Objects and memories – evoked or invoked?

When I’ve been thinking about objects and memory, I have often used the verb ‘to evoke’ as in “The object evokes memories that might otherwise not have been recalled.” The word seemed to capture the feeling that this happened without our conscious volition or guidance and that memories are ‘evoked’ which might otherwise not have been. Miles et al. (2013) write about ‘involuntary recall’ to convey this contrast with situations where someone might ask you to deliberately recall something and, indeed, their work indicated that the content of memories evoked in an open-air museum setting are different to those evoked in a reminiscence session in a contemporary setting.

Merleau-Ponty though had other ideas. In his Introduction, he takes issue with the idea of ‘associative force’ – the idea that one impression (sensory experience) has the power to awaken other impressions. Instead, he argues, the present impression is “understood from the perspective of the past experience where it co-existed with the impressions to be awakened” (p. 18). From this point, he argues that there is no projection of memories and that the phrase ‘to perceive is to remember’ is mistaken. Instead, he argues that “the memories need to be made possible by the physiognomy of the givens in order for them to come to complete the perception. Prior to any contribution of memory, that which is seen must currently be organised in such a way as to offer me a scene in which I can recognise my previous experience (p. 20).” Rather, Merleau-Ponty appears to be arguing that “memories do not project themselves over the sensations, but rather that consciousness compares them with the present given only to retain those that fit with it” (p.22). Later, he adds, that to “perceive is not to experience a multitude of impressions that bring along with them some memories capable of completing them, it is to see an immanent sense bursting forth from a constellation of givens without which no call to memory is possible. To remember is not to bring back before the gaze of consciousness a self-subsistent picture of the past, it is to plung into the horizon of the past and gradually unfold tightly packed perspectives until the experiences that it summarizes are as if lived anew in their own temporal space. To perceive is not to remember (p. 23).”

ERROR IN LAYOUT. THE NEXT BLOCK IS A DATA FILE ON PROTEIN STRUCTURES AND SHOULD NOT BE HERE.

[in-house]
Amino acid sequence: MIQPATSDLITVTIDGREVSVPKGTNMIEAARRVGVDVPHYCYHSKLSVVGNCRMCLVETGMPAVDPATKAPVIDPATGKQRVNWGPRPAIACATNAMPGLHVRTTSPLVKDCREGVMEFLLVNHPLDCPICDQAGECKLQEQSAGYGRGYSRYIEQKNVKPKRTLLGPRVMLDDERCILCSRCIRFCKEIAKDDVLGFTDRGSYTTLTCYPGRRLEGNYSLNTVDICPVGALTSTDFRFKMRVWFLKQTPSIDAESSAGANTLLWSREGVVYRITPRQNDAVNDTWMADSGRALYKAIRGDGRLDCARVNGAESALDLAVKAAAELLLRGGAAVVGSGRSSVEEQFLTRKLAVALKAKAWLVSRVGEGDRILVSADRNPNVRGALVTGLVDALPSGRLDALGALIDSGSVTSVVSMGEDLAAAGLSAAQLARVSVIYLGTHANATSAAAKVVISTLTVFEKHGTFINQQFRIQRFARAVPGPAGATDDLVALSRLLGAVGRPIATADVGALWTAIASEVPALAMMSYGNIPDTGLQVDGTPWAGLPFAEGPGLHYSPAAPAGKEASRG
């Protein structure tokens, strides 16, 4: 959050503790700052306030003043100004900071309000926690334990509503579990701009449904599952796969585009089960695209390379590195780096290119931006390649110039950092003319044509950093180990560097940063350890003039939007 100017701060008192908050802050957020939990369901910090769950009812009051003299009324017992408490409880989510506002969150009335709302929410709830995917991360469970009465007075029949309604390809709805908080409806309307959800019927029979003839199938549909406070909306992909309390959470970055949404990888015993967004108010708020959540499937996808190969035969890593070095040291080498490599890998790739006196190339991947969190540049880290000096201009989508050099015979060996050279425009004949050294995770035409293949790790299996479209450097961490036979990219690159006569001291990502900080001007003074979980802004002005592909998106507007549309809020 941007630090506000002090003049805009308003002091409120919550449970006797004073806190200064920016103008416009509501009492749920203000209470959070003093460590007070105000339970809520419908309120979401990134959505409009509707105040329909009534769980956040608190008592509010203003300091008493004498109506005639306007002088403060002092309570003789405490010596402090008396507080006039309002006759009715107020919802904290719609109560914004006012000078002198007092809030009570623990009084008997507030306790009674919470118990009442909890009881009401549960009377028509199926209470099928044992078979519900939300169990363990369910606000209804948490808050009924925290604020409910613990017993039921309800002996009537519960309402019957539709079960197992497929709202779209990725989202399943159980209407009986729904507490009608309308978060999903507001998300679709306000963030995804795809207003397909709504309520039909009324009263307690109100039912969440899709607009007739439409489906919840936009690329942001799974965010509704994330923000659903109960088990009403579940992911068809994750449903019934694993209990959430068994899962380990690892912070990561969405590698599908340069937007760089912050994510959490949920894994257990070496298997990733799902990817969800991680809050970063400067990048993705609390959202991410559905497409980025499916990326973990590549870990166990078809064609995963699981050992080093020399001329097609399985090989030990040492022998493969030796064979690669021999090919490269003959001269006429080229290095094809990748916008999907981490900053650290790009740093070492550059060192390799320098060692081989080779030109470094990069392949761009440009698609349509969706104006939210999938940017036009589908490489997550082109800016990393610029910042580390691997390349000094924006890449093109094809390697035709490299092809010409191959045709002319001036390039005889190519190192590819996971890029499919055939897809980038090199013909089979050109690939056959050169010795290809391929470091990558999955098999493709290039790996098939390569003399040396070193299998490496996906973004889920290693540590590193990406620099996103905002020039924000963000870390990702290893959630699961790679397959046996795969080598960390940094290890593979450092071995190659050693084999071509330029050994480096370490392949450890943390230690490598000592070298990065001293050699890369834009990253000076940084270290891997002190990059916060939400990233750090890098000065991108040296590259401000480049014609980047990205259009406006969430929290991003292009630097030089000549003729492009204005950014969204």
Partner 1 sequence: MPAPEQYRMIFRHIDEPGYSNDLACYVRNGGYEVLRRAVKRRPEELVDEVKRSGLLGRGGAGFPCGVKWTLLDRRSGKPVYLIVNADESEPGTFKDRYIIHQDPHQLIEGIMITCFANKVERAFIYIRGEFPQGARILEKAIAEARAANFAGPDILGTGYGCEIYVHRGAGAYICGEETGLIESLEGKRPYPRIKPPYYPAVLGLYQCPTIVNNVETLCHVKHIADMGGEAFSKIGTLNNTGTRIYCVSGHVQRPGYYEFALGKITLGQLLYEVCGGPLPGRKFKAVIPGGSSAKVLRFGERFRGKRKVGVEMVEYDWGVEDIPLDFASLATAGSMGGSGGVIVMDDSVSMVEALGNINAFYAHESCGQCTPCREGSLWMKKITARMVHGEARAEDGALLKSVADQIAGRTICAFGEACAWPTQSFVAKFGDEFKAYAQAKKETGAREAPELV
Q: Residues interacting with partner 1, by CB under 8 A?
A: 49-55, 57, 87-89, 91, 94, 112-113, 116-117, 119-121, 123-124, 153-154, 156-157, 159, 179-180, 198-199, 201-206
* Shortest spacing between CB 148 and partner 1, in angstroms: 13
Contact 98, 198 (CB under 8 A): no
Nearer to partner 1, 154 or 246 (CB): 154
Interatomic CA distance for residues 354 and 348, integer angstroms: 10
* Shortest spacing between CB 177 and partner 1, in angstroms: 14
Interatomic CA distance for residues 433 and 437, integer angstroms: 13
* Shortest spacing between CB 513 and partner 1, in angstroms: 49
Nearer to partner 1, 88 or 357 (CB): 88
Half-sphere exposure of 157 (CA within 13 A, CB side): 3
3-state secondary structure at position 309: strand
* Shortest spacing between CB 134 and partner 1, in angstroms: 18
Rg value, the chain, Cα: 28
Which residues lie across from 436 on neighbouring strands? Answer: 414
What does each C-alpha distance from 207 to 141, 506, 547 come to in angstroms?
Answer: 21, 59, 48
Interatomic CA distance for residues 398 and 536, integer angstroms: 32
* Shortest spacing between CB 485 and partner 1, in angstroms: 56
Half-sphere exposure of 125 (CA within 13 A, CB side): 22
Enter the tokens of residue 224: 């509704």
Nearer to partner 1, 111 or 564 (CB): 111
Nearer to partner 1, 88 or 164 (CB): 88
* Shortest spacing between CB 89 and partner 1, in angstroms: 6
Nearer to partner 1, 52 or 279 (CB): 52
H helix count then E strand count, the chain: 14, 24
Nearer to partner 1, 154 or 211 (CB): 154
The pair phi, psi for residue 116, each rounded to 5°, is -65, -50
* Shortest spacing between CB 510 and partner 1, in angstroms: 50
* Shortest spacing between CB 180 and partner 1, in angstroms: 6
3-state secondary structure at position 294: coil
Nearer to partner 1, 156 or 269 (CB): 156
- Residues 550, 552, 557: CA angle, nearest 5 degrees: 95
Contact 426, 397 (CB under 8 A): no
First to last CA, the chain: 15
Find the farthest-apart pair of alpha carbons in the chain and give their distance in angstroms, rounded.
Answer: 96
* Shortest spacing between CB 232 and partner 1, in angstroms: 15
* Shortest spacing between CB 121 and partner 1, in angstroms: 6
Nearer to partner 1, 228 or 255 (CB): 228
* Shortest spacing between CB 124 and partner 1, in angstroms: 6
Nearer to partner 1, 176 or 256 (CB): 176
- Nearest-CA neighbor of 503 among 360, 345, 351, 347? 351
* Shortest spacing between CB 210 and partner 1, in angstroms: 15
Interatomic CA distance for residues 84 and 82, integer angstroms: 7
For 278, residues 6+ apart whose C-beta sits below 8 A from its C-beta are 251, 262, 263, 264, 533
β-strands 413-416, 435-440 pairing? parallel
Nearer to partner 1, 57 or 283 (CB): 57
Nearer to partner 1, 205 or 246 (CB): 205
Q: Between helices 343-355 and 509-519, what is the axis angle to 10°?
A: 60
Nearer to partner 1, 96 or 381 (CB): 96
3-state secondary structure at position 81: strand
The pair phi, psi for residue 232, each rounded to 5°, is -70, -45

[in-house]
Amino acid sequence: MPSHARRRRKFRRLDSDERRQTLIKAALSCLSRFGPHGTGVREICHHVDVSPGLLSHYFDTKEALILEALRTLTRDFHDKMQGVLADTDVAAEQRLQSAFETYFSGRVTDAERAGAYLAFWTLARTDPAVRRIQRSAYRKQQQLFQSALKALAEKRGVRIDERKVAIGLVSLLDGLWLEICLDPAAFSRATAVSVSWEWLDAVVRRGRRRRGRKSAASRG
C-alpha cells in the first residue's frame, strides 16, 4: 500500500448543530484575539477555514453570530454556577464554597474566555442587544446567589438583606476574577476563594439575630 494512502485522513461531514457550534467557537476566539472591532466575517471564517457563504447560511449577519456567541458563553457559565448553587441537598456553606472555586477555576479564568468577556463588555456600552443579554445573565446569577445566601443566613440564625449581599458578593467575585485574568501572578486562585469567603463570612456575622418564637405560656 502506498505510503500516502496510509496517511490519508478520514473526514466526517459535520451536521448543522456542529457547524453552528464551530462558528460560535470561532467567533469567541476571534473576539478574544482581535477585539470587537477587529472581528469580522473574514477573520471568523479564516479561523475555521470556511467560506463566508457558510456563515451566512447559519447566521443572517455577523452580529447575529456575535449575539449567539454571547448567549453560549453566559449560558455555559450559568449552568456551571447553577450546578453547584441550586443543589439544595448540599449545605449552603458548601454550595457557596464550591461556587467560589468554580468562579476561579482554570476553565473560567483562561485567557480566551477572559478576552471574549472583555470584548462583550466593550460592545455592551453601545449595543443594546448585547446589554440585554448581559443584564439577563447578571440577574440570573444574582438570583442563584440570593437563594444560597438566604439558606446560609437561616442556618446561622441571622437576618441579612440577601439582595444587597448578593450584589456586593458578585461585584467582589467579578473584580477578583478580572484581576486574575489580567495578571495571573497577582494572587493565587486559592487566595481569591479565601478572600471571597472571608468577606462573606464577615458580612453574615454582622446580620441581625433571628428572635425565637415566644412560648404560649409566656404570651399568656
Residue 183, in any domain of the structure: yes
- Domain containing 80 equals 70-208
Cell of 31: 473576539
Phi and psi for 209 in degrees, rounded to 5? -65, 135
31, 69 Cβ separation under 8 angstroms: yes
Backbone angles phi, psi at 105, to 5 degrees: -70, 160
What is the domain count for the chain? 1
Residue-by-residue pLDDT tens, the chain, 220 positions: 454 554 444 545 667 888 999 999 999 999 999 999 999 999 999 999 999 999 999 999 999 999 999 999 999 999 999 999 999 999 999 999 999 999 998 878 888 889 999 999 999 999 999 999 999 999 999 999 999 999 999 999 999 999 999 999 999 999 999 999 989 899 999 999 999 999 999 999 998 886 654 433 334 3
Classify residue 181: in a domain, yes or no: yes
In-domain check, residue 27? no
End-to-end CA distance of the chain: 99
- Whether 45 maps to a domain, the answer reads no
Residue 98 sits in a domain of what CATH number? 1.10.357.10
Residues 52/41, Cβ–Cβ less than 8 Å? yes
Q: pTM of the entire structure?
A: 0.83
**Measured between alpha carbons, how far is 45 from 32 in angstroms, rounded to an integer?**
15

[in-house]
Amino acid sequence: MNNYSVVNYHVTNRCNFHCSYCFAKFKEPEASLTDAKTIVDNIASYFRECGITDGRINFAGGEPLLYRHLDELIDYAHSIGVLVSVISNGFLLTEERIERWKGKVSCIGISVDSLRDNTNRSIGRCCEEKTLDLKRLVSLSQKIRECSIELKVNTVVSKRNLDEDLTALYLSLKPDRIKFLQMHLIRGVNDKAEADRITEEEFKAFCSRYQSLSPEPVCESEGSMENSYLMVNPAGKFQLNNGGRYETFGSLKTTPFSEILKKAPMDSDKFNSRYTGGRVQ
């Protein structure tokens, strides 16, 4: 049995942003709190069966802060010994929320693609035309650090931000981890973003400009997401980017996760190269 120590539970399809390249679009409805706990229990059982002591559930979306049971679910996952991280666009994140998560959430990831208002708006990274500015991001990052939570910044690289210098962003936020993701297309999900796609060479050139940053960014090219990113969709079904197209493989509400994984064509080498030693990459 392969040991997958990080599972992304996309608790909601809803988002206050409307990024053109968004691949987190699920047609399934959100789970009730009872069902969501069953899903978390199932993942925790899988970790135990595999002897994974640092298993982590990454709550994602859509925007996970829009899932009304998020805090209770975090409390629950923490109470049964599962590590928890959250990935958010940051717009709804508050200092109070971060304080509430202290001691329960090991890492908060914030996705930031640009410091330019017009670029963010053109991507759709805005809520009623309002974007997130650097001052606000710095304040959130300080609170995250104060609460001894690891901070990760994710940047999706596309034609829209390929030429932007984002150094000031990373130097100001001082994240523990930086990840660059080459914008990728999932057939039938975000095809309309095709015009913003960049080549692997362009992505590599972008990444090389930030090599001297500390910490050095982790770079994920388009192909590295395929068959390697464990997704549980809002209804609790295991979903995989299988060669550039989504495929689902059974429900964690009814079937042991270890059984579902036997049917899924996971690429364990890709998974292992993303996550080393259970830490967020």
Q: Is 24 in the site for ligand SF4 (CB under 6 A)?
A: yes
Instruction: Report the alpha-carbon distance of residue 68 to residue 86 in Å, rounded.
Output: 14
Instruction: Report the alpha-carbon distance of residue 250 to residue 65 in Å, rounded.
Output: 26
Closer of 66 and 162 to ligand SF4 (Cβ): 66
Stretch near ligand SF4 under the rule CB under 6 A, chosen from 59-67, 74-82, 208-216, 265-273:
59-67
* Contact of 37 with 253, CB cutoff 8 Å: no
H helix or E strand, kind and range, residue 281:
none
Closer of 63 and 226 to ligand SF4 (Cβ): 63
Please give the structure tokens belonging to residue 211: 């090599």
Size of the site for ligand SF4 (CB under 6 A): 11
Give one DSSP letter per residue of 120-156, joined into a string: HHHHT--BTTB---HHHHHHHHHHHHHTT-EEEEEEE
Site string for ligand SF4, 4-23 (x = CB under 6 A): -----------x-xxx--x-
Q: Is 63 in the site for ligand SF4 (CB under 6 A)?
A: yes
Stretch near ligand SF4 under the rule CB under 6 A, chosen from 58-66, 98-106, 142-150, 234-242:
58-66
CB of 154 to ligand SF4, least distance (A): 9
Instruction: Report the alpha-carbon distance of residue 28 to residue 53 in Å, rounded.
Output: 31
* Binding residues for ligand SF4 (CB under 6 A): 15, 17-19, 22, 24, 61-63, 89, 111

This, I think, messes with the use of ‘evoke’. If I understand it correctly, then (for Merleau Ponty) the object does not evoke a memory rather the object is understood via an appeal to memory. The memories are invoked not evoked.

First the problems:

I find it problematic just to assume that Merleau-Ponty is right just because he’s Merleau-Ponty. It is obvious that he was  frighteningly intelligent and knew both his philosophical and scientific literature very well. Nonetheless, that doesn’t make him right. But, perhaps it make what he wrote the starting point for a set of questions..?

I also find this account problematic because it doesn’t account for the observation that memories that are evoked by objects/perceptual stimuli are sometimes memories that are not evoked purely through conversation. Why, in Merleau-Ponty’s argument, would we resort to a different set of memories to handle a different perceptual ‘horizon’?

Then the advantage:

My dissertation was based on the way that people interacted around contemporary craft objects and the hypothesis that they couldn’t make an associative move from those objects to autobiographical memories. Merleau-Ponty would, I think argue, that there is no associative move. Instead, the participants, having failed to understand the objects in the light of their memories, were obliged to invoke other frameworks to understand the objects. This makes a kind of sense.

What Merleau-Ponty also does is to question the structure of our experience. We experience our memories as being evoked but, as with other aspects of perceptual experience, it ain’t necessarily so and I need to not take experience for granted.


Merleau Ponty, M. (1945, 2014) The Phenomenology of Perception [Trans. D.A. Landes], London: Routledge

Miles, A.N., Fischer-Mogensen, L., Nielsen, N.H., Hermansen, S. &  Berntsen, D. (2013) ‘Turning back the hands of time: Autobiographical memories in dementia cued by a museum setting’, Consciousness and Cognition, 22 (3), 1074-1081

About Bruce Davenport

Research associate at Newcastle University. Previously a museum educator and researcher.
This entry was posted in Cognition, memory, Objects, Perception. Bookmark the permalink.

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